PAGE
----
This week we return to one of our favorite reoccuring series: Watch Brands We Know Nothing About. Enjoy!

History of Jaquet Droz

1721-1737

Pierre Jaquet-Droz was born in 1721 La Chaux-de-Fonds, Switzerland – born into a wealthy family and received early training in mathematics and physics. In his early age he began to show an interest in watchmaking and clockworks.

1738-1758

When You Decide To Create Robots To Market Your Watches and Beat MB&F By 200 Years…
He set up a watchmaking workshop in his hometown at the age of 17 in 1738 where he initially worked on pendulum clocks. However over the course of the next twenty years his interest and strong aptitude for clockworks caused him to develop an interest in Automata – a self, driving mechanism that’s specifically focused on imitating human behavior… robots. It’s basically robots.

His watchmaking began to develop alongside his Automata to the point where people’s interest in the Automata are what spurred on the sale of watches. Eventually a confidant encouraged him to take his Automata on the road to present them to different nobles and royal courts. With the goal of using the Automata as display presentations to essentially market his watches. Road show? Road show.

That Time When You Almost Got Killed For Practicing “Witchcraft” in Spain…
One of the more famous events that took place during Pierre Jaquet Droz’s travels occured when he presented his Automata to King Ferdinand VI. During the demonstration of his Automata, the entire court believe Jaquet Droz to be possessed, or at the very least harboring dark magic powers. In order to avoid being branded a witch and killed, he had to show the court (and it’s inquisitor) how the Automata worked and that it was being manipulated by natural means.

After this particular trip to Spain, Pierre Jaquet Droz return home with a considerable amount of money from selling his watches to those in attendance at the court. This sum of money would be routed back into the business in order to help Jaquet Droz grow his business (which it most certainly did).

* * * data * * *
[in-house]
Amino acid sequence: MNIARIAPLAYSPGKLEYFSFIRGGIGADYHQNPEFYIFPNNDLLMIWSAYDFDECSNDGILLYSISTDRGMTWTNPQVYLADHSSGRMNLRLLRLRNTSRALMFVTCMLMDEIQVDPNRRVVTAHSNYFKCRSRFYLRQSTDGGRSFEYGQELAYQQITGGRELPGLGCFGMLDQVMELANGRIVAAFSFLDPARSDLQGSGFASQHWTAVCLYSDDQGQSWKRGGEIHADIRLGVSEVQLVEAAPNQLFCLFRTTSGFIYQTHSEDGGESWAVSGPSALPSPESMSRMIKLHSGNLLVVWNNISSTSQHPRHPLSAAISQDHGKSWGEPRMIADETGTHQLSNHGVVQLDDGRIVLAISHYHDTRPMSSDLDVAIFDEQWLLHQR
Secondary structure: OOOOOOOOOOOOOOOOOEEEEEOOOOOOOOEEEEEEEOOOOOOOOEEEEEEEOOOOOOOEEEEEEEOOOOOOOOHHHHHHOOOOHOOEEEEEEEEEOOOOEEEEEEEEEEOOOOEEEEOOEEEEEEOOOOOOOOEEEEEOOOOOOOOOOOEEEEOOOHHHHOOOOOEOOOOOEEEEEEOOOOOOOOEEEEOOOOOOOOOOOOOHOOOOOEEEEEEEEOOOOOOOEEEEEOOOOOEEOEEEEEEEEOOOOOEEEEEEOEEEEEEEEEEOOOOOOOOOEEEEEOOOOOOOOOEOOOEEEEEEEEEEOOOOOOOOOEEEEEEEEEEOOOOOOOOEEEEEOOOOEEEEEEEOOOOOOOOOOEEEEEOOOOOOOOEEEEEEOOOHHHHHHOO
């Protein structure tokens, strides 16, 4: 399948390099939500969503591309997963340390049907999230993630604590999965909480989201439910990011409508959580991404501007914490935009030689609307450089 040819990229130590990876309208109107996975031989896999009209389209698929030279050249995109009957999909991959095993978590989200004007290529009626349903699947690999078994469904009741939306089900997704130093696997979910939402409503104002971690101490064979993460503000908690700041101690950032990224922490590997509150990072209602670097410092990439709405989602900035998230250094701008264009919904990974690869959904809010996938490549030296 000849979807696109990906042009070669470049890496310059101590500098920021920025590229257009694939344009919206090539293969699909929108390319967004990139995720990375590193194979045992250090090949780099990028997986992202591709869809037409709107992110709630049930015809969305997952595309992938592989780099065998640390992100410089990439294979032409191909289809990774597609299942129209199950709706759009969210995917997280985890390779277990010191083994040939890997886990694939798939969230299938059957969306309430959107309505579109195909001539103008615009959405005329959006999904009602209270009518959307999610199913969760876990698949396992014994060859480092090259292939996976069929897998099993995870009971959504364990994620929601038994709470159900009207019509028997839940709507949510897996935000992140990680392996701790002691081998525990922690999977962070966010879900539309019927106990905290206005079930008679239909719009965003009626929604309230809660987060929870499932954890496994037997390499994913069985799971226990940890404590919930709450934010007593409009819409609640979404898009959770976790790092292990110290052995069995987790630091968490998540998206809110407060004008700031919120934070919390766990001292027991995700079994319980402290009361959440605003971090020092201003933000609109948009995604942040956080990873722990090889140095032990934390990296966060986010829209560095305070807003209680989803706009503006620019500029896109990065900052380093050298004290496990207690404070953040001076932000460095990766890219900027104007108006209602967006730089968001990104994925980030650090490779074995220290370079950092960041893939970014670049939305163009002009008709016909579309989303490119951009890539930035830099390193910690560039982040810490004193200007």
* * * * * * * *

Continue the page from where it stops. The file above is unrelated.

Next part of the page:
1758-1790

What Goes Up, Must Come Down…
From 1758 to his death in 1790 Jaquet Droz’s popularity and acclaim grew immensely – people traveled from all over Europe to his hometown to see the Automata. Pierre Jaquet Droz also continued to conduct displays of the Automata on his travels while also using the opportunity to sell his watches and other technial works.

He also opened additional workshops in London and Geneva while acclaim and success was lauded on his work from as far as China.

It was during this peak of Jaquet Droz’s work where three of his most famous (and still remaining) pieces were created: “The Writer,” “The Draughtsman” and “The Musician.” Due to bad business dealings between China, the French revolution, and the Napoleonic wars, Jaquet Droz’s worldwide business ended in unfortunate ruin upon his death 1790.

1790 – 1999


  ad spot

When You’re Gone Sometimes What You Leave Behind Remains (Even If It’s in Limbo For 100 Years)
The three above reference Automata continued to circulate in Europe – Spain in 1787, Paris in 1812, a tour around Europe from 1830 to 1904, until finally arriving at their final location of the Museum of Art and History in Neuchâtel, Switzerland.

Jaquet Droz as a watch brand appropriately linked to the work of its namesake, died in 1790 with Pierre. This is evidence from the fact that the current Jaquet Droz history on their official website goes from 1788 to 2000… conveniently omitting 200 years. But as Monochrome Watches Frank Geelen points out, you can’t really blame them.

In the mid 1900s (60s/70s) a group of individuals (a case maker, a dial maker, and a movement supplier) endeavored to join together to try and revitalize the Jaqueet Drox brand name. However these watches have no historical, technical, or familial ties to the original Jaquet Droz whatsoever. None at all. In fact, the reported quality of the watches they were putting out wasn’t that great anyway.

2000 – Present
Thus Jaquet Droz remained in limbo until fatefully being purchased by the Swatch Group in 2000 where huge strides were made to create modern Jaquet Droz timepieces worthy of bearing that famous watch maker’s name. Modern Jaquet Droz pieces are often propelled by the combination of technical problem solving and charming whimsy.

Show Notes:

Kaz Mirza( Co-Founder )

Kaz has been collecting watches since 2015, but he’s been fascinated by product design, the Collector’s psychology, and brand marketing his whole life. While sharing the same strong fondness for all things horologically-affordable as Mike (his TBWS partner in crime), Kaz’s collection niche is also focused on vintage Soviet watches as well as watches that feature a unique, but well-designed quirk or visual hook.


Check Out The TBWS Podcast

Wrist Watch Podcast